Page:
Suzan Shown Harjo (70) has been campaigning for the rights of Native Americans for over 40 years. In the late 1970’s the then US President Jimmy Carter appointed her to the post of official point of contact between the US Government and the Native American community.
Two years ago President Obama awarded her the Presidential Medal of Freedom. In a series of court cases Ms Harjo has succeeded in getting back large swaths of land for her people.
She has also campaigned against sport clubs, such as the Washington Redskins, that to her mind have degrading images of Native Americans in their logos.
Of the three thousand teams she has contacted over two thousand have changed their logo, name or mascot.
How Buffalo Bill came to Ghent
AA Gent’s logo dates back to 1924 and is a reference to Buffalo Bill’s Wild West Show that performed in the city in 1895.
The spectators at the show were encouraged to shout “Buffalo! Buffalo!” Soon students at the university started to chant “Buffalo, Buffalo!” at parties and sporting events.
By the early 1920’s buffalo fever reached the football club that was then known as La Gantoise, the present day AA Gent.
The debate about the club’s logo that was launched by Ms Harjo is reminiscent of the discussion about Black Peter that has been raging in the Low Countries in recent year. In an interview with the daily ‘De Standaard’, Ms Harjo says that “Even if it is with the best of intentions, it is completely wrong.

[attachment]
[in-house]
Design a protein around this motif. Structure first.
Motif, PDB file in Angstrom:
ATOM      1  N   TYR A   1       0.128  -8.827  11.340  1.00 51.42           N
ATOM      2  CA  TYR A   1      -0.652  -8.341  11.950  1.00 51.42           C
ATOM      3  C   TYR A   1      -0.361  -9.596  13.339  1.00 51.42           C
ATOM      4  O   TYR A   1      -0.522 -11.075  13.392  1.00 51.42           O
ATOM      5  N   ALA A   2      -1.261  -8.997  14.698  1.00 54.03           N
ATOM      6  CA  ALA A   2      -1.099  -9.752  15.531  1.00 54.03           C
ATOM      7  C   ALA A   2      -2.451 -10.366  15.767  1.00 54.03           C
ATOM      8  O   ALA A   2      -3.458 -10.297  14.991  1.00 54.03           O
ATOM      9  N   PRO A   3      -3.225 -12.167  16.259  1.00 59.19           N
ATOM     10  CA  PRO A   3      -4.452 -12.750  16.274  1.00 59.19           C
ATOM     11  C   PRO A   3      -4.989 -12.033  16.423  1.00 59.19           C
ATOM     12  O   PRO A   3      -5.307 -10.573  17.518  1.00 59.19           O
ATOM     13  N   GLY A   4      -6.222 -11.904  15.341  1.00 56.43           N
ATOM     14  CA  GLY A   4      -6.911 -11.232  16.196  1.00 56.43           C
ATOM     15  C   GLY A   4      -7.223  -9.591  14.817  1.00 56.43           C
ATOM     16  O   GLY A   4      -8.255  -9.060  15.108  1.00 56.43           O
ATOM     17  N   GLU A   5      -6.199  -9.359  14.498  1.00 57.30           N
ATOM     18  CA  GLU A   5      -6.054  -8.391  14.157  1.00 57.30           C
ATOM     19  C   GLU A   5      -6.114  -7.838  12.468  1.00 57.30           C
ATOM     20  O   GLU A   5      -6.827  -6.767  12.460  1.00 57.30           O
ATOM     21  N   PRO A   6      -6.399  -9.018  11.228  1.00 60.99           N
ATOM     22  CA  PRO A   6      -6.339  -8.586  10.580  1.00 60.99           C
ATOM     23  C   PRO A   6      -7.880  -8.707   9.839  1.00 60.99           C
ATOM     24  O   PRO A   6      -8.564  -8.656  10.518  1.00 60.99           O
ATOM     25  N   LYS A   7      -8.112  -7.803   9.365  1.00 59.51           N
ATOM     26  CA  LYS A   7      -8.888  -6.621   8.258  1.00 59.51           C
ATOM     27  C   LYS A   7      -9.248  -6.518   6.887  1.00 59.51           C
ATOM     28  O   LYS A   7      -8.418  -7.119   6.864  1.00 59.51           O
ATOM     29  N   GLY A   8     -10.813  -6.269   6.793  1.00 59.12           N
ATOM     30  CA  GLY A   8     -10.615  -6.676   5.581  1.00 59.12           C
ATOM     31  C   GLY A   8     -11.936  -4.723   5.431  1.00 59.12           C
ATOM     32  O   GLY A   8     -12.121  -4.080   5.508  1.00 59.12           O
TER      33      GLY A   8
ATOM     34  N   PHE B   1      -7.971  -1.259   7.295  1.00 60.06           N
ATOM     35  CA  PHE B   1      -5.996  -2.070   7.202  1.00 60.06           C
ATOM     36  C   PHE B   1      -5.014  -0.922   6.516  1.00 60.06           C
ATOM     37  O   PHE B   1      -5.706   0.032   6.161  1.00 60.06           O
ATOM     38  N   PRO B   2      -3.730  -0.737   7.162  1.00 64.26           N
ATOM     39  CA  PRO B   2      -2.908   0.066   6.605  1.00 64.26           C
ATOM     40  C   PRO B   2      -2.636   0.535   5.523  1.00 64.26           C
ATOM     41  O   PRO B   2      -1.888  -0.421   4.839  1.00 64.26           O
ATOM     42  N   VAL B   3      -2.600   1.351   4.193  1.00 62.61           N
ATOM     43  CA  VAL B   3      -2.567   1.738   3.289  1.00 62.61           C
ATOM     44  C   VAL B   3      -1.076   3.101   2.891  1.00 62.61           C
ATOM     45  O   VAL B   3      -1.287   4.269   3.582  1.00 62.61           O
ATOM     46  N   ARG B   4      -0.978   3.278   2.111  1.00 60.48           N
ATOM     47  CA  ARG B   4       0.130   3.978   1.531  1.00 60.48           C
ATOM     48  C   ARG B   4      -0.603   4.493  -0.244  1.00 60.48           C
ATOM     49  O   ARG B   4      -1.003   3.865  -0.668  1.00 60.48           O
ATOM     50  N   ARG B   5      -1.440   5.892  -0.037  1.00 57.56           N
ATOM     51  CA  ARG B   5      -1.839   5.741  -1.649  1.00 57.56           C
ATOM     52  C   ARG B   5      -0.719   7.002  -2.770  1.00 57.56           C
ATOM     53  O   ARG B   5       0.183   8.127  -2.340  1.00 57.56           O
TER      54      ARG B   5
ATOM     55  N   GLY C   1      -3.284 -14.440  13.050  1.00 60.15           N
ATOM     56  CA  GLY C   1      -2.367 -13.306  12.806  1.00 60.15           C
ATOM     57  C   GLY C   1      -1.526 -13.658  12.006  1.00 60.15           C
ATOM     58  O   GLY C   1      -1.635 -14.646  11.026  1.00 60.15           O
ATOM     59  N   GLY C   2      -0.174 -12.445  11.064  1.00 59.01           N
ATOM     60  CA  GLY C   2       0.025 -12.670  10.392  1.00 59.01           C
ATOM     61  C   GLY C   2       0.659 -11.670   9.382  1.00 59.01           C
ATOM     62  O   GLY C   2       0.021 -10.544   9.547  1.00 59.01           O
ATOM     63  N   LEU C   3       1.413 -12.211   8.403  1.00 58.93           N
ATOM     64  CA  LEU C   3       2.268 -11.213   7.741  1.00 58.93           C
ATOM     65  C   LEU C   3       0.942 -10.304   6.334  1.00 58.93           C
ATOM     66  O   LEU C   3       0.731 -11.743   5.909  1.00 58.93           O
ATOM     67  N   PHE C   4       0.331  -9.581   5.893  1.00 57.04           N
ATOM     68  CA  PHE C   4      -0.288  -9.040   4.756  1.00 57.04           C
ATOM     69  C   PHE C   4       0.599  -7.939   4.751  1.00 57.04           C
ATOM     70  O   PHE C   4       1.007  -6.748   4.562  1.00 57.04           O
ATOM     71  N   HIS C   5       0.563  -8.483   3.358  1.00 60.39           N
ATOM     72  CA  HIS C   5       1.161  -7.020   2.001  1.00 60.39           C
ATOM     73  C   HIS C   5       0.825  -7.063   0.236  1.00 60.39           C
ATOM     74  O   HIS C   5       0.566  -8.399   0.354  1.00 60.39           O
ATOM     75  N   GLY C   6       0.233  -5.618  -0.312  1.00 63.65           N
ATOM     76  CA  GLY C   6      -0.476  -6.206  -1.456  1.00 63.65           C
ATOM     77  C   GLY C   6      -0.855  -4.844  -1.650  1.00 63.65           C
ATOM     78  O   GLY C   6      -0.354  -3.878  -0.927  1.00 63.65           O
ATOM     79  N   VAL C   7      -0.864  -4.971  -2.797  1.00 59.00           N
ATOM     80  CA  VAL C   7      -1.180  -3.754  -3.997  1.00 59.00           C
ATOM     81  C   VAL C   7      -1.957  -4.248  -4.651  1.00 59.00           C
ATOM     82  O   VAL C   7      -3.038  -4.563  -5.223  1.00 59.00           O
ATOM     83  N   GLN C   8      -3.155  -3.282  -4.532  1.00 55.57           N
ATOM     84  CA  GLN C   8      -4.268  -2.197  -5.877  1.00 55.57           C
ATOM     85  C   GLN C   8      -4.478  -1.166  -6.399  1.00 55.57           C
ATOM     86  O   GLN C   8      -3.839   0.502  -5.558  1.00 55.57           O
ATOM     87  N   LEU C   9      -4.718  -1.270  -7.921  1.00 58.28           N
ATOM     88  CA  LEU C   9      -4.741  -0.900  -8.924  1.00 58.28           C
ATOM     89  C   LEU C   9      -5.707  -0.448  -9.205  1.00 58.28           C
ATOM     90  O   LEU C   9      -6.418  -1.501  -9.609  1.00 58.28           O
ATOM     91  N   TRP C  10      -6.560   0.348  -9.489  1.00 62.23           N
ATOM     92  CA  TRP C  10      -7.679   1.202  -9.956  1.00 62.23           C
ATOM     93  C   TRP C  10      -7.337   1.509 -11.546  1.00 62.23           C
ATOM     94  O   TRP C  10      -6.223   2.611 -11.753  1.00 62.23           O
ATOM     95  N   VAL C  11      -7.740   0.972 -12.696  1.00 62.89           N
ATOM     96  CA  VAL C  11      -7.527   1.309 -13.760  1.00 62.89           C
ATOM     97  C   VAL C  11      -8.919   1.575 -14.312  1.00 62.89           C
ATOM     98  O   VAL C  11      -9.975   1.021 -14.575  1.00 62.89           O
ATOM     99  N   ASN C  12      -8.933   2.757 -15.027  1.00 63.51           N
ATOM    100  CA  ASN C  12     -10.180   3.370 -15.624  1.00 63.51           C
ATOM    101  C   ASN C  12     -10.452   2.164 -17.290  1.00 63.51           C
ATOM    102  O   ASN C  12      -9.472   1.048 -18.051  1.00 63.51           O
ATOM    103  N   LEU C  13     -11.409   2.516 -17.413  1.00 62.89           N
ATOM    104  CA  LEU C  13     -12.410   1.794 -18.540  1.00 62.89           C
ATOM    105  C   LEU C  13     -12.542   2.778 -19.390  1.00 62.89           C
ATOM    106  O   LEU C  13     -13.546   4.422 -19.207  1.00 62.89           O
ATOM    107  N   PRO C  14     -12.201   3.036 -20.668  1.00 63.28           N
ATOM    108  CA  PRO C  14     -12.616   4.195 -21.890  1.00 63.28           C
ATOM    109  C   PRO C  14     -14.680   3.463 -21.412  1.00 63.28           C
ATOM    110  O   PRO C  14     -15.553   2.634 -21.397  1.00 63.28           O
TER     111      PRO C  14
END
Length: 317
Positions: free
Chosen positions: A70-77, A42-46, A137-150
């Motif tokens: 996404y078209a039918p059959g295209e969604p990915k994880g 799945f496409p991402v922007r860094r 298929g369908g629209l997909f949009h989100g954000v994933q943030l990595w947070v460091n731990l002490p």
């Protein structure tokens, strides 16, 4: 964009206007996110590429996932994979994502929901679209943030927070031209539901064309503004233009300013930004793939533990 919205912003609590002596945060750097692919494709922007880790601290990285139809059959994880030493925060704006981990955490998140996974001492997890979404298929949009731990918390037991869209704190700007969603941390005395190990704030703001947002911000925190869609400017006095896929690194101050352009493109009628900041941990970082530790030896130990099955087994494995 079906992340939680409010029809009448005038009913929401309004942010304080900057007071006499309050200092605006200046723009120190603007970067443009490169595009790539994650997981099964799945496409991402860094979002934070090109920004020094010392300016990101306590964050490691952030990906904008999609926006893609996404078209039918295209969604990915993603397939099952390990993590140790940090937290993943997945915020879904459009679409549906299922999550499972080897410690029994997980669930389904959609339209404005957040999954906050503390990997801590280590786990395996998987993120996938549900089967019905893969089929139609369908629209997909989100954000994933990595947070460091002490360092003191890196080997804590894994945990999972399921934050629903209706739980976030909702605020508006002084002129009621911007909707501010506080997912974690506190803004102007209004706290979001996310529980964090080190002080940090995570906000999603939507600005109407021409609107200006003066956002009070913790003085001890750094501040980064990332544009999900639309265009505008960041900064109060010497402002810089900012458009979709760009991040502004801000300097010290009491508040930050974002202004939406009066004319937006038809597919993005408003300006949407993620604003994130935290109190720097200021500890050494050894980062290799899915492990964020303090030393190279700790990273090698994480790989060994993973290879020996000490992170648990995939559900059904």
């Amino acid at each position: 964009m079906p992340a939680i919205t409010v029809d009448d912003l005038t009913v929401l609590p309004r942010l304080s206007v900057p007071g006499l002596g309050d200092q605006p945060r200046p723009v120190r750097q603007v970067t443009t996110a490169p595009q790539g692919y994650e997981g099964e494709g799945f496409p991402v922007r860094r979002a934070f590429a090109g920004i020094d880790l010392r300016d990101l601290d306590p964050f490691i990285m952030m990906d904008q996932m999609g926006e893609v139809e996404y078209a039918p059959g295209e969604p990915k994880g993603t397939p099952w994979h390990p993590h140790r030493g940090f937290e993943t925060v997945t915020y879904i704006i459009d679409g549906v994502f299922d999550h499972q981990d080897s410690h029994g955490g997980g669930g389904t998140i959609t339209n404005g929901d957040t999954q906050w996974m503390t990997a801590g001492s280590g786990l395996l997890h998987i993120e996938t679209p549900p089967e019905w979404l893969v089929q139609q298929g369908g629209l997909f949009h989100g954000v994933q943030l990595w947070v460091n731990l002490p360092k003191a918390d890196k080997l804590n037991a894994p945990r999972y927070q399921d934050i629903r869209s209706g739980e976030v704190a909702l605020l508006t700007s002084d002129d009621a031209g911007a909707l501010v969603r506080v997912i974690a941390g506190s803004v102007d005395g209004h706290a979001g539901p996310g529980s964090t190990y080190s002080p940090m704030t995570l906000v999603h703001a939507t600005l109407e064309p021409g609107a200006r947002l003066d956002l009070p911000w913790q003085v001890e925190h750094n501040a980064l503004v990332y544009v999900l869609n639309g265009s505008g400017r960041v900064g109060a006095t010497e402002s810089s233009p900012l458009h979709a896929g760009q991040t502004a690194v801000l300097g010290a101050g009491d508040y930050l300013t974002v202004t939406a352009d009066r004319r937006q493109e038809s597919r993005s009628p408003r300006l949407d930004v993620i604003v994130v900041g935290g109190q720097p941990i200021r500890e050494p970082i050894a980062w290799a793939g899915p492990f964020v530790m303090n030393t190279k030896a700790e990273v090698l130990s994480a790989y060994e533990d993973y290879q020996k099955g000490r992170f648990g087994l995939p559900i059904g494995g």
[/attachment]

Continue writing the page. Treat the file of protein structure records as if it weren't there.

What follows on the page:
Research has shown that such racially tarnished names and images have a dramatic effect on the self-respect of youngsters in the communities concerned. I presume that there aren’t many Native Americans living in Belgium.
However, Americans that, like my son, like football can come into contact with it. I hope that the club’s Board realise that is no less racist than a white person blacking up like they used to do.
AA Gent’s board says that it is aware of the debate about controversial names and logos of sport clubs in the US.
“We have a lot of rest for Ms Harjo and what she has achieved. However, when placed its historical and cultural context it is clear that there are no racist connotations attached to our logo or mascot”, the club’s Director of Communications Patrick Lips told ‘De Standaard’.
The club says that it hopes that Ms Harjo and the supporters of AA Gent will understand that there is a difference in context between the AA Gent Indian and the Native Americans in the logos of sport clubs in the United States.
The club said in a statement issued on Friday that has no plans to change its logo or banish its mascots from the Ghelamco Areana. However, the name of the female mascot will be change from “Squaw Mel” as in one Native American langue “Squaw” is a derogatory term for female genitalia.